Droughts could devastate food production in the England by the 2020s, according to a report from the government’s official climate change advisers. Without action, increasingly hot and dry summers may mean farmers will face shortfalls of 50% of the water they currently use to grow crops. The report, from the climate change committee (CCC), also warns that current farming practices may be allowing the country’s richest soils to be washed or blown away.
The future risks to England’s food supply are becoming more apparent, with MPs warning this month that the government’s failure to protect the most valuable farmland from flooding “poses a long-term risk to the security of UK food production” and food experts cautioning that crop yields are reaching their maximum biological limits. Extreme recent weather – the wettest recorded autumn followed by the coldest spring in half a century – cut wheat yields by one third, leading to the import of 2.5m tonnes of wheat, the same amount that is usually exported.
“If we don’t start acting now we will be in serious trouble,” said Lord John Krebs, who led the CCC report. “We already rely on food imports to a significant extent.” About 40% of the UK’s food is imported.
Despite recent gloomy summers and suggestions of more to come, most climate scientists are confident that summers in the medium term will become drier and hotter. The CCC found that a dry year in the 2020s could see an irrigation shortfall of 120bn litres, half the current total used by farmers. Furthermore, those areas most at risk of drought – the fields of east and southern England – are currently the most productive.
To avoid this, farmers will need to build twice as many reservoirs on their land than exist now and also cut by 50% the amount of water used per hectare. Ensuring that the cost of water reflects how scarce it is, is also crucial, according to the report. At present, for example, the cheapest water by far is provided by Anglian water, despite that region being one of the driest in the country.
But if the threat of drought can be avoided, said Krebs, climate change could represent an opportunity for farmers in England because there will be longer, warmer growing seasons. The Department for Environment, Food and Rural Affairs (Defra) published its strategy to adapt to global warming on 1 July and, while Krebs said it covered all the key areas, he added that it contained very few targets. “If it is just ‘talks about talks’, that is not going to help the country adapt,” he said. Krebs said new water abstraction rules, unchanged since the 1960s, were urgently needed, but government legislation is not planned until after 2015.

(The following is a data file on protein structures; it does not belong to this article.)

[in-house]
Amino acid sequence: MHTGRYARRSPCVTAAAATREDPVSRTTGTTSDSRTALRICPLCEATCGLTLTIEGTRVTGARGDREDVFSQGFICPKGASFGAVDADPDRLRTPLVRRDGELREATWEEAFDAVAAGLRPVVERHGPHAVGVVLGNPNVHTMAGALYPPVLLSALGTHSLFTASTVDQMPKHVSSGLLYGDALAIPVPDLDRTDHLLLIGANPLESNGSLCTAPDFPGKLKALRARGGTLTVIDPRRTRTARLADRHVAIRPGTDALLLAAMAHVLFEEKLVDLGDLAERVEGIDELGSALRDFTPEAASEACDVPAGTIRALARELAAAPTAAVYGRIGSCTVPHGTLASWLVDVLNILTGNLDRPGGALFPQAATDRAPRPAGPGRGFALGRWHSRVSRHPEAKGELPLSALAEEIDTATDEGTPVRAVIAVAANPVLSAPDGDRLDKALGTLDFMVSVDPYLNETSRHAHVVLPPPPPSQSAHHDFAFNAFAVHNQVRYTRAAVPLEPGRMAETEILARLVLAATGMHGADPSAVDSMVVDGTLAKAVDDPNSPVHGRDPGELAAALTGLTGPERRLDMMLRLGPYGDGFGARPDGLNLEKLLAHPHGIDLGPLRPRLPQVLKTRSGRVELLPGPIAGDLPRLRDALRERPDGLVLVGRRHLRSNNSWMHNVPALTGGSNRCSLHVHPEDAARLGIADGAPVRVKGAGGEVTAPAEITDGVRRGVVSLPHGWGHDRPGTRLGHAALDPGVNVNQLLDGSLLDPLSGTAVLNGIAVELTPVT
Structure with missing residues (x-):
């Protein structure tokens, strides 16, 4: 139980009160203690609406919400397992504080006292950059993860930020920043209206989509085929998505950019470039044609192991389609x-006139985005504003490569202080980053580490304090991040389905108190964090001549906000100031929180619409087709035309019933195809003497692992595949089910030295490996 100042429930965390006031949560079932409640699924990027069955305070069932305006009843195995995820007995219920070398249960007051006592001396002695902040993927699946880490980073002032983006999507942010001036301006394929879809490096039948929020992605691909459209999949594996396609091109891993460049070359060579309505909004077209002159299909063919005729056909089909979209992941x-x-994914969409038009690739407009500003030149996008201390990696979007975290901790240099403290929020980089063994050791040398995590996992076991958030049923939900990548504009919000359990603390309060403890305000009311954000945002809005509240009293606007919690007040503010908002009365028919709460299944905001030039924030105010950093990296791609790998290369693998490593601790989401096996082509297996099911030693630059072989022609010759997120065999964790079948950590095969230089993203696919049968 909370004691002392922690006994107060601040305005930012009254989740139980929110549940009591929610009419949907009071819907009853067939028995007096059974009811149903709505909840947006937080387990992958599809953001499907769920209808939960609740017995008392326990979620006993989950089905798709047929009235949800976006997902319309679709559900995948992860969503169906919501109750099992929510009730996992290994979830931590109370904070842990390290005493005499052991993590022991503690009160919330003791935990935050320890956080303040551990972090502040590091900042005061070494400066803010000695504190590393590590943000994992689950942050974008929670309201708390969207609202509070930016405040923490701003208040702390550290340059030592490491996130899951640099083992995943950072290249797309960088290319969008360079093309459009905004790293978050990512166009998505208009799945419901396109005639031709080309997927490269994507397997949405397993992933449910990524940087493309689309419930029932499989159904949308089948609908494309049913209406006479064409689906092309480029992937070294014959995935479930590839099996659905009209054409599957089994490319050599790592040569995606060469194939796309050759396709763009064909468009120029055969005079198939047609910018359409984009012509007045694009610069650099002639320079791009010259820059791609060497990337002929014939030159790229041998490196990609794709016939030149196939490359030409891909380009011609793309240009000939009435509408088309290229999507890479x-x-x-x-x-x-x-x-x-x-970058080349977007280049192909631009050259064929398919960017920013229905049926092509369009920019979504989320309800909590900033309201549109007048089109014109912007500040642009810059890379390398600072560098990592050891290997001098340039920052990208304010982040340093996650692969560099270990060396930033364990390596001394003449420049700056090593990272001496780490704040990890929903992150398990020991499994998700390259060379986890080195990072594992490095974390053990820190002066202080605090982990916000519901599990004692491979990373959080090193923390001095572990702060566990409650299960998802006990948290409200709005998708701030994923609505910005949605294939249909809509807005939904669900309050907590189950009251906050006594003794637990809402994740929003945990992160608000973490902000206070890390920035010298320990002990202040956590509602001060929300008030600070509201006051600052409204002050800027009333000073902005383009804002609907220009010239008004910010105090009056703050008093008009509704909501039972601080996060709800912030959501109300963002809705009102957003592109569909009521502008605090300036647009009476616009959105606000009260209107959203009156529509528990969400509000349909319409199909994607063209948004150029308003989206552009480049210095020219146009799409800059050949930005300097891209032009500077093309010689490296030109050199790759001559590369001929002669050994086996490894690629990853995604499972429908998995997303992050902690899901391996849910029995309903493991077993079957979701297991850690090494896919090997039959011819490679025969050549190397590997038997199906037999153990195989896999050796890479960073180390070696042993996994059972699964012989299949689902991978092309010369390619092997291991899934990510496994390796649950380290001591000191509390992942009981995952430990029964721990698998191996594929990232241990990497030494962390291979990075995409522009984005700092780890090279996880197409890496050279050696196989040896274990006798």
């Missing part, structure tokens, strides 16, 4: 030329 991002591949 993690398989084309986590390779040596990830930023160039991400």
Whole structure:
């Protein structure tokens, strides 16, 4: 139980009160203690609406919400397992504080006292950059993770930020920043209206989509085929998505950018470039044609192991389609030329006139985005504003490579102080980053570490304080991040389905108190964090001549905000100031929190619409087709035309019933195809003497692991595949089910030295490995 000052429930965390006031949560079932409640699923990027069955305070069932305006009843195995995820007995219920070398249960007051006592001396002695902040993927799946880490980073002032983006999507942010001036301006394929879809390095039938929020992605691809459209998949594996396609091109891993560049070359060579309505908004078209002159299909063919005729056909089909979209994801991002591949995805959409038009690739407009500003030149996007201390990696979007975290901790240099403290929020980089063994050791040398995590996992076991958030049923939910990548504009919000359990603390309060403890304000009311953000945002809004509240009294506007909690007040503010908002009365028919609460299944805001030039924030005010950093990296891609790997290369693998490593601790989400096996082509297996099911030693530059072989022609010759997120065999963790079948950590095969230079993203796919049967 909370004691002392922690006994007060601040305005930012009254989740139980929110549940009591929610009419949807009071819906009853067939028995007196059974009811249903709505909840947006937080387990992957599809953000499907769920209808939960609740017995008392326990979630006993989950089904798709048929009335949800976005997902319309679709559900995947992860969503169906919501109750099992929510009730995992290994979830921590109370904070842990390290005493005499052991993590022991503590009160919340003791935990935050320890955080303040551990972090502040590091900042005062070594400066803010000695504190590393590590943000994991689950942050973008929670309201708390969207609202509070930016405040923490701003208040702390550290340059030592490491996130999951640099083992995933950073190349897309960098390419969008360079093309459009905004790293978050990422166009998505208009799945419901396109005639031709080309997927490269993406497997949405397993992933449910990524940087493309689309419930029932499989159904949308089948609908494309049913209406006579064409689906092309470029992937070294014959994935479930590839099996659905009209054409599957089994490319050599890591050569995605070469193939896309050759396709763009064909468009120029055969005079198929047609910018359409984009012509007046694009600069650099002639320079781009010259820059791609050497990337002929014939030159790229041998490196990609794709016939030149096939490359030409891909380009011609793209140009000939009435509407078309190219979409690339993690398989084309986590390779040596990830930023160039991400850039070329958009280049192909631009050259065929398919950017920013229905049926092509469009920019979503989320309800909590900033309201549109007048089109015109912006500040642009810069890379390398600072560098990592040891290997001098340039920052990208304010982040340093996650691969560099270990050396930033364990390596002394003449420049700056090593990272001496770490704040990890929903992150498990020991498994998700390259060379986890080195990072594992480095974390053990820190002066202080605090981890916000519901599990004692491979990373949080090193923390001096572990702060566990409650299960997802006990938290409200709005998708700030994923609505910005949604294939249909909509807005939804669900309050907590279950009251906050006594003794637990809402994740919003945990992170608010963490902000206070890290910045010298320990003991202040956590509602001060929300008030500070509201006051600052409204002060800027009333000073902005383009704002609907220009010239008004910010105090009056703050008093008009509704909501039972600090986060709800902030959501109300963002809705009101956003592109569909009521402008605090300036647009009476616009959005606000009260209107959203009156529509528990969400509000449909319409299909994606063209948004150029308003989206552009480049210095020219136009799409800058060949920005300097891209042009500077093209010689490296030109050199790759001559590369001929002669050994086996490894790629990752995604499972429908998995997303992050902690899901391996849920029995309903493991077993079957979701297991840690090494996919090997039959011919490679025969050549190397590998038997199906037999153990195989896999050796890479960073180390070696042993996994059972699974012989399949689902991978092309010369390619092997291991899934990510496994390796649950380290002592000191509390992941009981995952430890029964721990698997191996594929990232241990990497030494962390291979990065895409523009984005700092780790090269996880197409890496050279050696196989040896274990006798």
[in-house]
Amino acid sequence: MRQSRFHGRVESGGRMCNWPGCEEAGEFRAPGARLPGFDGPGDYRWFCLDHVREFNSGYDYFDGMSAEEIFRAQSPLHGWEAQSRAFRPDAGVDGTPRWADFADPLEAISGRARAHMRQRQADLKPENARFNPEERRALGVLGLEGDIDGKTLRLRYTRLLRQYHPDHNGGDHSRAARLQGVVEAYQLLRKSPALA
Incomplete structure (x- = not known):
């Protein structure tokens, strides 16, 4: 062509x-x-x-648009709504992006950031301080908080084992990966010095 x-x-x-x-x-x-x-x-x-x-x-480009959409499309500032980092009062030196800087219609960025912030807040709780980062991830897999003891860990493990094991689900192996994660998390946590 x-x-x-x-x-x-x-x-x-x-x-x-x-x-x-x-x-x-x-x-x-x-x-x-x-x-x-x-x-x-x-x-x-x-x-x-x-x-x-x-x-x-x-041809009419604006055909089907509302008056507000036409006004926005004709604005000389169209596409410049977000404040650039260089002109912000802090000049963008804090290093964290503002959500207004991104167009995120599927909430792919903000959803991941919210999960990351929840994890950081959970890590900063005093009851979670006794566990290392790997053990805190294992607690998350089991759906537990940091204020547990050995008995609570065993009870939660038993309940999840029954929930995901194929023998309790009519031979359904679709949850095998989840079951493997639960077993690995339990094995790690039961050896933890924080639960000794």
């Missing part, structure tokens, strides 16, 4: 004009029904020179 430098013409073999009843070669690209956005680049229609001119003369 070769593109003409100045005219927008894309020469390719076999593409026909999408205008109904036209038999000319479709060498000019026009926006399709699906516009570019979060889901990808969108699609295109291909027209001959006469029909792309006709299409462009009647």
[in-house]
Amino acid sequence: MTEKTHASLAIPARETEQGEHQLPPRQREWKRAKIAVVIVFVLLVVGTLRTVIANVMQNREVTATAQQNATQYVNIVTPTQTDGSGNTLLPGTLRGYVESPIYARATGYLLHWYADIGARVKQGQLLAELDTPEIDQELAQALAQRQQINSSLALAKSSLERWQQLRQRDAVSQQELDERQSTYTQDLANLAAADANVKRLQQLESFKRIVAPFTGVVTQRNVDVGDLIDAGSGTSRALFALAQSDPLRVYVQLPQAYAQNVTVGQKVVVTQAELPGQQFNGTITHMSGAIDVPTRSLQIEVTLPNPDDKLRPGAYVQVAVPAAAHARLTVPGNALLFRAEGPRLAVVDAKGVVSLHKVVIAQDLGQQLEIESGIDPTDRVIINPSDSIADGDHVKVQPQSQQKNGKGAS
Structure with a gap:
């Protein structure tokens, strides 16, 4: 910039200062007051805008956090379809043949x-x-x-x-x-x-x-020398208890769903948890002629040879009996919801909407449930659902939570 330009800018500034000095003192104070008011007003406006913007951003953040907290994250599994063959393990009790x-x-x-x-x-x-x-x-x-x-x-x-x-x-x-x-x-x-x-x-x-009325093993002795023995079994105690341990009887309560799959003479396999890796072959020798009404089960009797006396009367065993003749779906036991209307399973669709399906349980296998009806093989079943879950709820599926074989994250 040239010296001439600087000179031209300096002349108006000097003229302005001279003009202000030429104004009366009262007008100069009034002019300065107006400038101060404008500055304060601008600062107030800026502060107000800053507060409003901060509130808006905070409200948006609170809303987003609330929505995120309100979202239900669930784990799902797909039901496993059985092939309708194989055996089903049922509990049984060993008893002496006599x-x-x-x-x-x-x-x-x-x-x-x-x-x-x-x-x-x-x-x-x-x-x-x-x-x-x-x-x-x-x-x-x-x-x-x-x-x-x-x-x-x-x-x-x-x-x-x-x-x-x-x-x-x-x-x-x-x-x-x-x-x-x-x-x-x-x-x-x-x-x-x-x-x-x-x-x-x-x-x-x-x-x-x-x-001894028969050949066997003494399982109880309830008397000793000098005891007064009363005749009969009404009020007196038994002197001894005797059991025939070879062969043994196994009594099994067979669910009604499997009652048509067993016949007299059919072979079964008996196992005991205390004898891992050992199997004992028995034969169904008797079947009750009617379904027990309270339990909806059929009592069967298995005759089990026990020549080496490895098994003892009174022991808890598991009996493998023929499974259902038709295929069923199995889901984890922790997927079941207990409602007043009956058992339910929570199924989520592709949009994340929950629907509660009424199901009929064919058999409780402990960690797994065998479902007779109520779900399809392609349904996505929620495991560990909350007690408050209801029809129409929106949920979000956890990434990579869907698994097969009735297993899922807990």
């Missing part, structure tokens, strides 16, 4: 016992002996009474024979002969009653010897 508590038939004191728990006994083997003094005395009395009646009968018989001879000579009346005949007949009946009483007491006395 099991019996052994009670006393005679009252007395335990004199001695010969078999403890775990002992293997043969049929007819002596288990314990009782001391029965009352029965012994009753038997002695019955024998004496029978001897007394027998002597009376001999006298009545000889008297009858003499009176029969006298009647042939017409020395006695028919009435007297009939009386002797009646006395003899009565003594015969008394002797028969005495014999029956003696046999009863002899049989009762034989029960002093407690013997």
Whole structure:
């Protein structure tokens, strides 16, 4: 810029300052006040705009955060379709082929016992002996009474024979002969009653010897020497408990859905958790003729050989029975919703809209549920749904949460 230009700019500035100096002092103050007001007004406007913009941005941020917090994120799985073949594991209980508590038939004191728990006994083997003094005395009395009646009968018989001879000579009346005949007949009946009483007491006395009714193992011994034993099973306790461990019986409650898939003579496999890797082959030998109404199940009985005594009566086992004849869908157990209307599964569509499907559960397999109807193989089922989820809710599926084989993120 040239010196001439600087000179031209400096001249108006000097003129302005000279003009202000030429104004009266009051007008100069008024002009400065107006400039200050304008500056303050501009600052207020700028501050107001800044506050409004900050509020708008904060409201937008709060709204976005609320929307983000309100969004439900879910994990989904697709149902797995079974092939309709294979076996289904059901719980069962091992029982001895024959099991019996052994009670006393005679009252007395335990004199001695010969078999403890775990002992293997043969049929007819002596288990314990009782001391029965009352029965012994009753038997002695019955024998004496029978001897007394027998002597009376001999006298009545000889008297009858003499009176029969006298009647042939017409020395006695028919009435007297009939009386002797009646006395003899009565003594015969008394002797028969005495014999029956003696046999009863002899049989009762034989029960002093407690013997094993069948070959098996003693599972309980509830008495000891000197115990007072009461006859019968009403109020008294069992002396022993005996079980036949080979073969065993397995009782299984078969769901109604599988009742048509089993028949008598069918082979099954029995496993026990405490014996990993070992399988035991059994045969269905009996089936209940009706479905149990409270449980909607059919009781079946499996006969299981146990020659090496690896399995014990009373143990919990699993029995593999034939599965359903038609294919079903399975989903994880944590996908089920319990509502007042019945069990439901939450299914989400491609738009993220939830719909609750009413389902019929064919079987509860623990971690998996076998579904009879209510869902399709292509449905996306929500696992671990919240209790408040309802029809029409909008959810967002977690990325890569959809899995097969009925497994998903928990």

“There is a great deal of work happening to respond to the challenges the CCC has set out,” said environment minister Richard Benyon. “Just this week I’ve seen in the New Forest the work to join up different landscapes [and] we have set out in the water bill how we want to reform the water industry. However, this is not just a role for government; businesses, communities and local councils all need to play their part.”
Ceris Jones, NFU climate change adviser, said the water needed to grow food could be squeezed further by the competing needs of a growing population and taking less water from rivers to protect wildlife as summers get drier. She agreed more reservoirs are needed, but said farmers needed financial incentives to build them and urged more research on drought tolerant crops and efficient irrigation.
The CCC report, published on Wednesday, spells out the challenges for agriculture and other land uses from the extreme weather expected from global warming. It warned that carbon-rich soils on which many crops depend are being washed or blown away in places. “This comes down to the more careful stewardship of soils by farmers,” said Krebs.
The report also warned that the retreat from coastlines as sea level rises must be speeded up five-fold or risk serious flooding. Over half of England’s coastline is protected by sea walls, but rising seas are drowning the mudflats and salt marshes between the walls and the sea. This reduction leaves the sea walls more vulnerable to storms and the government has already agreed that 10% of sea walls must be moved inland by 2030. However, the current rate of realignment is far too slow, found the report.
The degradation of peatlands, which store huge amounts of carbon and act as sponges to reduce flooding, must be reversed, the report concluded. The damage is caused by burning, to encourage new heather growth for grouse shoots, and overgrazing by sheep, but Krebs said the management of peatland must be rebalanced towards the wider public benefits.
The report also warns the proportion of England’s most important wildlife sites that are in good condition has fallen from 42% to 37% in the last decade and that the majority of native species are suffering long term population declines. However, more sites now have action plans for improvement, noted Krebs. “If the action plans are delivered, things could get much better. It boils down to whether they are just a gleam in someone’s eye.”
Friends of the Earth’s Andrew Pendleton said: “Climate change poses a devastating threat to our environment, food supplies and security, which could trigger future economic crises. Urgent government measures are needed.”
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